OPINION: D.A.: Warriors find salvation after calamity with latest title

Golden State Warriors
Photo credit Adam Glanzman / Stringer / Getty Images

The scene on Boston's hallowed parquet was unlike the other celebrations. The Warriors had just dispatched the Celtics for their fourth championship in eight seasons, and the reaction was anything but routine. There was far more emotion buried in this title run, exemplified by the tears from Stephen Curry.

The NBA's greatest shooter of all-time portrayed a wide swath of sensations Thursday. There was ego as he knocked down a killer three-pointer and then pretended to place his head on a pillow, putting the Garden crowd to sleep. There was satisfaction through a devilish smile, as he sat on the bench and victory was imminent.

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There was pride via a four-gun salute as the seconds ticked off, one for each of his titles. There was sentimentality as he sat and cried when the final buzzer. And then there was frustration, when a reporter asked about his first Finals MVP award. "Forget that question," Curry replied. "Why you start with that question? We've got four championships!"

When probed further, Curry, like the other Golden State mainstays, uncovered the reason for all of the emotion. Their last three seasons had been filled with uncertainty and questions for a team that used to play with ultimate certainty. The 2019 Finals saw both Kevin Durant and Klay Thompson severely injured. Then Durant departed, leaving them to reconfigure once again. Thompson's myriad of ailments, Curry's 2020 injury, Draymond Green's apparent erosion of skills, and young, unproven faces inserted into the barren lineup, all flattened Golden State. They were one of the worst teams in the league two years ago, and then a fringe playoff team last season. There were no more guarantees.

For 99-percent of teams in the NBA, no guarantees is just the standard. But the Warriors, between 2015-19, weren't standard. Once the first squad broke through with a championship, it was readily apparent to everyone this was a window opening to massive success. Curry, Thompson, and Green were age 26 or younger. Steve Kerr hoisted a trophy in his first season as head coach. And the following season was a runaway freight train to 73 wins, the greatest regular season in NBA history. There weren't many road closures en route to the Finals. It was just a team at its peak tearing through the NBA, even when trailing 3-1 in the Western Conference Finals.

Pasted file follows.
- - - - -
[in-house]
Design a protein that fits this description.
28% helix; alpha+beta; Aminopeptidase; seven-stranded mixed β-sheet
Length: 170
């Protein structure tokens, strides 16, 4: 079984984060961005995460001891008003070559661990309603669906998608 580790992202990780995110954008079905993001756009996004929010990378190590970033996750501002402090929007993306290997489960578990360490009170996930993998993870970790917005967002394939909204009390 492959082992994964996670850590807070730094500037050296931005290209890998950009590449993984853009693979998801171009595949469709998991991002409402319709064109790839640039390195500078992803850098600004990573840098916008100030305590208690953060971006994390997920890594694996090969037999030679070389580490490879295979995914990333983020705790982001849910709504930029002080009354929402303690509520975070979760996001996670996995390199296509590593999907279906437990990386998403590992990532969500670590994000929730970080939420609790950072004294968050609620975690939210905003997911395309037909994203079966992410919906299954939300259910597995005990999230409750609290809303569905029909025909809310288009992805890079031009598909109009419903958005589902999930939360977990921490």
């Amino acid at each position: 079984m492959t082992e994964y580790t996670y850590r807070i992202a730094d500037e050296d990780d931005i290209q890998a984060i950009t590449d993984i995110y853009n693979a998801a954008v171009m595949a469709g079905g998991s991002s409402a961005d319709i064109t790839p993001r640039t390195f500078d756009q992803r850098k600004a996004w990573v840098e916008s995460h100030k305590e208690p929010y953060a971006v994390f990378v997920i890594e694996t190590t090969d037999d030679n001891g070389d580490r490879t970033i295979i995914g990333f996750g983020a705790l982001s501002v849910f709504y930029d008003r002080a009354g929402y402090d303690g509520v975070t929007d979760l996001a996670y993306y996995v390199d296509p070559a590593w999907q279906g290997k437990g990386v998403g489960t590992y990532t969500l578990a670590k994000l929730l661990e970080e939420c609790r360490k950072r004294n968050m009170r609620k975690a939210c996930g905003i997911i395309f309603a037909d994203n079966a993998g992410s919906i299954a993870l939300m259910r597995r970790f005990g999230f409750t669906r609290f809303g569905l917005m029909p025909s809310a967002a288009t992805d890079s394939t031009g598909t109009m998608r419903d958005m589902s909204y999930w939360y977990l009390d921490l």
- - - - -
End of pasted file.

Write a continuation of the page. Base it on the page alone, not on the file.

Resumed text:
After collapsing against the Cavaliers in the 2016 NBA Finals, the Warriors had officially been altered in the court of public opinion. They were no longer the exciting, young future of the league. They were brash, cocky, dirty (remember Green's questionable play), and chokers. LeBron James trolled them with the Ultimate Warrior t-shirt at Cleveland's special parade, and the Halloween party tombstones. The addition of Durant that offseason cemented Golden State as the most vilified team in the NBA. They had tipped the scales "unfairly" in their direction, and Durant was gravy-training to his elusive championships.

Golden State Warriors
Photo credit Ezra Shaw / Staff / Getty Images

The fear became reality as the Warriors tore through the NBA, sweeping all three playoff series en route to the 2017 Finals. They took out the Cavaliers in five games, and replicated their run to a ring the following season, sweeping Cleveland in the 2018 Finals. They thrashed the league dispassionately, their celebrations muted. They knew it was no contest. The rest of the basketball world knew it was no contest. And they were forced to defend themselves against the old-timers, who called out the artificiality of ring-chasing, talent stacking, and microwaved dynasties.

Nothing about the three year with Durant was satisfying for anyone involved. Fans knew no team stood a chance against a healthy Warriors team. Durant's titles were minimized. He lashed out at his critics, creating burner accounts to fight with teenagers on social media. NBA historians gave them little credit for these banners. And the fight between Durant and Green at the beginning of Year 3 created a dark cloud over the whole season. Durant and Thompson's devastating injuries, plus their 2019 Finals loss to the Raptors, put a painful bow on the era. The deal with the devil had come to its conclusion. And for three years of invincibility, total calamity was the cost of the bill.

The Warriors can't admit it, but if the last titles they ever won were the Durant ones, it would've been highly unsatisfying. There was just so much hate and negativity surrounding those runs, and the constant baby-sitting of Durant's emotions became an albatross. This one was theirs again, and perhaps even more fulfilling than the first, because it comes after much of their basketball lives are in the rearview. Curry, Thompson, and Green are now in their 30s.

Curry will be 35 by next spring. Thompson's nowhere close to what he once was, before the injuries. And Green recorded more fouls than points midway through this Finals against the Celtics. All of those emotions poured out from the Warriors at TD Garden because they've never been good losers, nor stoic winners. Golden State has been brash. They've shimmied and shook, barked and bellowed during all of their winning. For the last six years, they've felt all of that criticism, and for themselves, they finally beat it.

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